The Drug Solution

The Drug Solution: Regulating Drugs According to Principles of Efficiency, Justice and Democracy

CHESTER NELSON MITCHELL
Copyright Date: 1990
https://www.jstor.org/stable/j.ctt7zt19p
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  • Book Info
    The Drug Solution
    Book Description:

    This provocative volume makes a valuable contribution to debates on drug legislation. It is the only book that analyses and assesses all regulatory alternatives to drug prohibition. The author brings together research from the scientific, medical, ethical and legal fields to criticize drug laws and enforcement policies of many countries, including the U.S. and Canada.

    eISBN: 978-0-7735-9582-8
    Subjects: Law

Table of Contents

  1. Front Matter
    (pp. iii-vi)
  2. Table of Contents
    (pp. vii-x)
  3. FOREWORD
    (pp. xi-xii)
    Thomas Szasz

    Introducing various substances into our bodies by eating, drinking, or other means are basic human acts. At various times and in different places some of these acts are viewed as acceptable. others as unacceptable, some as the “proper use” of a particular substance. others as its “improper abuse.” Clearly. use and abuse are judgments, not facts. Unfortunately, after a thirty-year war on drugs, most Americans have come to believe that the dangerousness of particular drugs is a fact, and that this alleged fact is the reason why they are prohibited.

    In this important and timely book, Professor Chet Mitchell presents...

  4. ACKNOWLEDGEMENTS
    (pp. xiii-xiv)
    C. Mitchell
  5. INTRODUCTION
    (pp. xv-xxii)

    Since at least 1914, the war against users and sellers of illicit drugs has been a staple of the American political diet and, spearheaded by the U.S. government, drug battles now touch every continent. This war on drugs is a dangerous, costly endeavour that should be of concern to everyone. Drug battlefields in the Colombian highlands, Burma’s Golden Triangle or the inner city slum may seem remote but consider who the war on drugs is actually against. The primary targets are the producers, smugglers and traders of the forbidden products yet these professional traffickers only begin to represent the drug...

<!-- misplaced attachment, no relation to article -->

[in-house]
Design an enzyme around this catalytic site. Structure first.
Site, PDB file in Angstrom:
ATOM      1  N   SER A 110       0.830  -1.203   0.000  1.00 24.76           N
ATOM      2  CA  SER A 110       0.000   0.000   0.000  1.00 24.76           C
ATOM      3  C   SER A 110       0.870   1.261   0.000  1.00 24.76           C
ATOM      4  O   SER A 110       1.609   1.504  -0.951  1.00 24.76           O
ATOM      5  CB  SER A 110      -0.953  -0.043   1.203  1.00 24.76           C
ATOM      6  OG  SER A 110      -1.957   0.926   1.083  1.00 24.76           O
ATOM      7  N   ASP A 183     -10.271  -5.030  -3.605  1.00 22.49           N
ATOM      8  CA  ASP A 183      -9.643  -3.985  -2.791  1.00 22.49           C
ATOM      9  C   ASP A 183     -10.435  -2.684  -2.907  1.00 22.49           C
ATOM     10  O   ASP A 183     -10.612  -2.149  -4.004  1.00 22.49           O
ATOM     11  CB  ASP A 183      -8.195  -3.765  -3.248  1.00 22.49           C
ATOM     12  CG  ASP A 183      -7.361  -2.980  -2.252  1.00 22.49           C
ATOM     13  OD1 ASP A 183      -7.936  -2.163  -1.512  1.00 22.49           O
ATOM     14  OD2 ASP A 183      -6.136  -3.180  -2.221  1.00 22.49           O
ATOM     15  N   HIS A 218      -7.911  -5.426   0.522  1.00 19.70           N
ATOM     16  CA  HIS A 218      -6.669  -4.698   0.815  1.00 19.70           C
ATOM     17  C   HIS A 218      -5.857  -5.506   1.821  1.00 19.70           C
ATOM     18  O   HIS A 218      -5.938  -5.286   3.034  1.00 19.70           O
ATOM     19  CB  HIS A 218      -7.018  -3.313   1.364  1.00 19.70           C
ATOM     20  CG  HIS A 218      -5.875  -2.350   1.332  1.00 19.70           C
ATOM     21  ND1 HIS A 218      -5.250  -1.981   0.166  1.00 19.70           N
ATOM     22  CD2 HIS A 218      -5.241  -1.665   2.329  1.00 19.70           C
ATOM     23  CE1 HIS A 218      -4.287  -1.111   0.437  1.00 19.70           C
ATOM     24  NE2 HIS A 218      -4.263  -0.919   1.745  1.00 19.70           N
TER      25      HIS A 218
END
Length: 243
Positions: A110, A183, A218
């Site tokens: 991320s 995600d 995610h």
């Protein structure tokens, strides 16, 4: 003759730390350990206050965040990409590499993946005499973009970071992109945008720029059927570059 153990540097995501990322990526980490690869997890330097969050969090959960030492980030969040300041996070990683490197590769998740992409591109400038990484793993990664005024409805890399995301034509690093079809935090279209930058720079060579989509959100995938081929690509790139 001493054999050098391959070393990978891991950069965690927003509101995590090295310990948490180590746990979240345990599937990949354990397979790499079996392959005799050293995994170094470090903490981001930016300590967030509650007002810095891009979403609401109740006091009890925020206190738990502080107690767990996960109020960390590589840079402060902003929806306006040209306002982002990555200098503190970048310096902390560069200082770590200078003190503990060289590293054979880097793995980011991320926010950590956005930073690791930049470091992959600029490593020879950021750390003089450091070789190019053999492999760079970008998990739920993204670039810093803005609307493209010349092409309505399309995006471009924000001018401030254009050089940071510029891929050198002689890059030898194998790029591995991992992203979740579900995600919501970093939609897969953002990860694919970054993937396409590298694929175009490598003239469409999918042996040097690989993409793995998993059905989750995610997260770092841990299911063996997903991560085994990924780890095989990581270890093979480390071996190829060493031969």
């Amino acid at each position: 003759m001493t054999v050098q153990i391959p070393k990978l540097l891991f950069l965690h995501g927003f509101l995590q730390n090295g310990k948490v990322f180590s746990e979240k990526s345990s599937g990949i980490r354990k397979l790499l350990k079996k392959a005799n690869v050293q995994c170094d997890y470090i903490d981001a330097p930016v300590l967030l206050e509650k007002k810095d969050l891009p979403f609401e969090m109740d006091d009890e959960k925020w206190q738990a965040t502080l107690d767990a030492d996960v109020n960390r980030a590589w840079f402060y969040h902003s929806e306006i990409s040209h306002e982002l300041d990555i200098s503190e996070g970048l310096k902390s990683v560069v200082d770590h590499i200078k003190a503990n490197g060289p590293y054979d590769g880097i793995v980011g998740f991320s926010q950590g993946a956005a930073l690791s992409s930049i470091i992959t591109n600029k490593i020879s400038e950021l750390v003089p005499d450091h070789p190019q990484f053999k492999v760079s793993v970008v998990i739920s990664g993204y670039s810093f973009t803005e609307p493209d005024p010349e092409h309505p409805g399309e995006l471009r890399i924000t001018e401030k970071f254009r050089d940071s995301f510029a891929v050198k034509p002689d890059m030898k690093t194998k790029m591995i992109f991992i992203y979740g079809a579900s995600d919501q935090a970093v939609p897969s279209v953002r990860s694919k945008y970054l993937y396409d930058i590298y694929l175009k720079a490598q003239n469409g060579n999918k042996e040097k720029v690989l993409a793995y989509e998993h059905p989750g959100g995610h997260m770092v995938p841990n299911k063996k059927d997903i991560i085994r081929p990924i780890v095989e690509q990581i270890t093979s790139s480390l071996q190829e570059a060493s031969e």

6. I A Policy Primer on Drug Control
    (pp. 1-44)

    On most counts, drug prohibition can be judged a failure. The extent of that failure and the reasons for it are thoroughly documented and analyzed by the numerous researchers and scientists cited in this chapter. Yet despite prohibition’s costly problems, most governments remain firmly opposed to any retreat from severe criminal controls. This political intransigence in the face of critical evidence helped inspire at least two opposition groups: The Drug Policy Foundation, created in 1987, and the International League Against Prohibition, founded in 1989.¹ Membership in these international bodies is not limited to civil libertarians or academics but also includes...

  7. II Drug Control and Principles of Justice
    (pp. 45-82)